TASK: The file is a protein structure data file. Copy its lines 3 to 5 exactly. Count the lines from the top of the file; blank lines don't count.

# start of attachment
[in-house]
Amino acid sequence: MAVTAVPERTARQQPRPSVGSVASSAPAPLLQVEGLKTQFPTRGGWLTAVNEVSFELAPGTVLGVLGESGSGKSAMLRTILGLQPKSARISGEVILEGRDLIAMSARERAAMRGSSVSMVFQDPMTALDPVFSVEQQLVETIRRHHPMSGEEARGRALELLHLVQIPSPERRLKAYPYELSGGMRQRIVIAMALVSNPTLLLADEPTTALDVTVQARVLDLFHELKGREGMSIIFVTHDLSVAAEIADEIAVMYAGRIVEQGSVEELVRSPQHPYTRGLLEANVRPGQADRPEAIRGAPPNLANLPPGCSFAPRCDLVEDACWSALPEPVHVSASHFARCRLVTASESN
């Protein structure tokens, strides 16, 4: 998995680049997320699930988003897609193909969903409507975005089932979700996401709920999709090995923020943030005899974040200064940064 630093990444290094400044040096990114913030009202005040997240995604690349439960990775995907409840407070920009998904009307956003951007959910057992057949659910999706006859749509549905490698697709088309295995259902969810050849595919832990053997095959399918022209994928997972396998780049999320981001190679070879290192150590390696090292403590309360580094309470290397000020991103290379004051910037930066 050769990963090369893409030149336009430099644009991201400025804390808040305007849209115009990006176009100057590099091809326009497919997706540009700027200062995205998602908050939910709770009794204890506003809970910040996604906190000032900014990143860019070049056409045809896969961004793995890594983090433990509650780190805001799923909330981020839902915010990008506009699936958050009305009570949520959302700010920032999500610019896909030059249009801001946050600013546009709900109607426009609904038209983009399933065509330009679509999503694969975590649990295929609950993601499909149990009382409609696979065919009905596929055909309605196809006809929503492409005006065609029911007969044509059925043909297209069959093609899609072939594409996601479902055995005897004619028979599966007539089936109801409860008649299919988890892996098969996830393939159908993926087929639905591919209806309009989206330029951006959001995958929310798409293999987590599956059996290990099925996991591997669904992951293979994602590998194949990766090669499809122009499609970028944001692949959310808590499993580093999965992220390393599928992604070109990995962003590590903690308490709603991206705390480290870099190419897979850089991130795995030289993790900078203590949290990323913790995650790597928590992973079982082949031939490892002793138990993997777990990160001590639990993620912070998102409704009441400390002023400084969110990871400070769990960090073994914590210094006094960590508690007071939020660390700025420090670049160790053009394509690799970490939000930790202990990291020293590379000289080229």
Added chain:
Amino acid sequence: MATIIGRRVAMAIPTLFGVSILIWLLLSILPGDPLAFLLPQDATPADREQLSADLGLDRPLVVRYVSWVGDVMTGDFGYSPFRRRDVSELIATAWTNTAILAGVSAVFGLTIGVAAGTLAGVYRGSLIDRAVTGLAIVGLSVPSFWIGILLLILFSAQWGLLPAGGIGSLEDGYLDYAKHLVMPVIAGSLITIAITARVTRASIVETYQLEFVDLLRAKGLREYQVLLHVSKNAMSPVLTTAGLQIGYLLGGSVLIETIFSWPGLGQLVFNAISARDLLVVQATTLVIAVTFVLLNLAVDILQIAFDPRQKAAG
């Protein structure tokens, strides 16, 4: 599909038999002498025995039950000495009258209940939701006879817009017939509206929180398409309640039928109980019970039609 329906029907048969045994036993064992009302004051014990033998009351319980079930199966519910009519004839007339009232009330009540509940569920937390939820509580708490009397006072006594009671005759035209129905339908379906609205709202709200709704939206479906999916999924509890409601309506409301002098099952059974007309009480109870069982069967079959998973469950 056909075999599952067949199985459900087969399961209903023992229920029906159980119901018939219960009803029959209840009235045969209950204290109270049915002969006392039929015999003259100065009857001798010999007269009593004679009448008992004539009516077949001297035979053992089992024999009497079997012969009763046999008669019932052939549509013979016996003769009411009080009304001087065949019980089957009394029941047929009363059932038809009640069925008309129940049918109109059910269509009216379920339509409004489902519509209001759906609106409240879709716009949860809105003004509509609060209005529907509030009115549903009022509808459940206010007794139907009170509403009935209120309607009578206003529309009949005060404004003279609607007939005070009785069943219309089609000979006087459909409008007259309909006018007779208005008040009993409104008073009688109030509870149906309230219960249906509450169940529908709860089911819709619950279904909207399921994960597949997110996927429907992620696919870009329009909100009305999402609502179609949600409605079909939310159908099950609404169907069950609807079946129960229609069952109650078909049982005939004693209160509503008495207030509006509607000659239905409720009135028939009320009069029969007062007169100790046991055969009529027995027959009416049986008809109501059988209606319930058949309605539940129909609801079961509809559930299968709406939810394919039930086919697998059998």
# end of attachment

């Protein structure tokens, strides 16, 4: 998995680049997320699930988003897609193909969903409507975005089932979700996401709920999709090995923020943030005899974040200064940064 630093990444290094400044040096990114913030009202005040997240995604690349439960990775995907409840407070920009998904009307956003951007959910057992057949659910999706006859749509549905490698697709088309295995259902969810050849595919832990053997095959399918022209994928997972396998780049999320981001190679070879290192150590390696090292403590309360580094309470290397000020991103290379004051910037930066 050769990963090369893409030149336009430099644009991201400025804390808040305007849209115009990006176009100057590099091809326009497919997706540009700027200062995205998602908050939910709770009794204890506003809970910040996604906190000032900014990143860019070049056409045809896969961004793995890594983090433990509650780190805001799923909330981020839902915010990008506009699936958050009305009570949520959302700010920032999500610019896909030059249009801001946050600013546009709900109607426009609904038209983009399933065509330009679509999503694969975590649990295929609950993601499909149990009382409609696979065919009905596929055909309605196809006809929503492409005006065609029911007969044509059925043909297209069959093609899609072939594409996601479902055995005897004619028979599966007539089936109801409860008649299919988890892996098969996830393939159908993926087929639905591919209806309009989206330029951006959001995958929310798409293999987590599956059996290990099925996991591997669904992951293979994602590998194949990766090669499809122009499609970028944001692949959310808590499993580093999965992220390393599928992604070109990995962003590590903690308490709603991206705390480290870099190419897979850089991130795995030289993790900078203590949290990323913790995650790597928590992973079982082949031939490892002793138990993997777990990160001590639990993620912070998102409704009441400390002023400084969110990871400070769990960090073994914590210094006094960590508690007071939020660390700025420090670049160790053009394509690799970490939000930790202990990291020293590379000289080229």
Added chain:
Amino acid sequence: MATIIGRRVAMAIPTLFGVSILIWLLLSILPGDPLAFLLPQDATPADREQLSADLGLDRPLVVRYVSWVGDVMTGDFGYSPFRRRDVSELIATAWTNTAILAGVSAVFGLTIGVAAGTLAGVYRGSLIDRAVTGLAIVGLSVPSFWIGILLLILFSAQWGLLPAGGIGSLEDGYLDYAKHLVMPVIAGSLITIAITARVTRASIVETYQLEFVDLLRAKGLREYQVLLHVSKNAMSPVLTTAGLQIGYLLGGSVLIETIFSWPGLGQLVFNAISARDLLVVQATTLVIAVTFVLLNLAVDILQIAFDPRQKAAG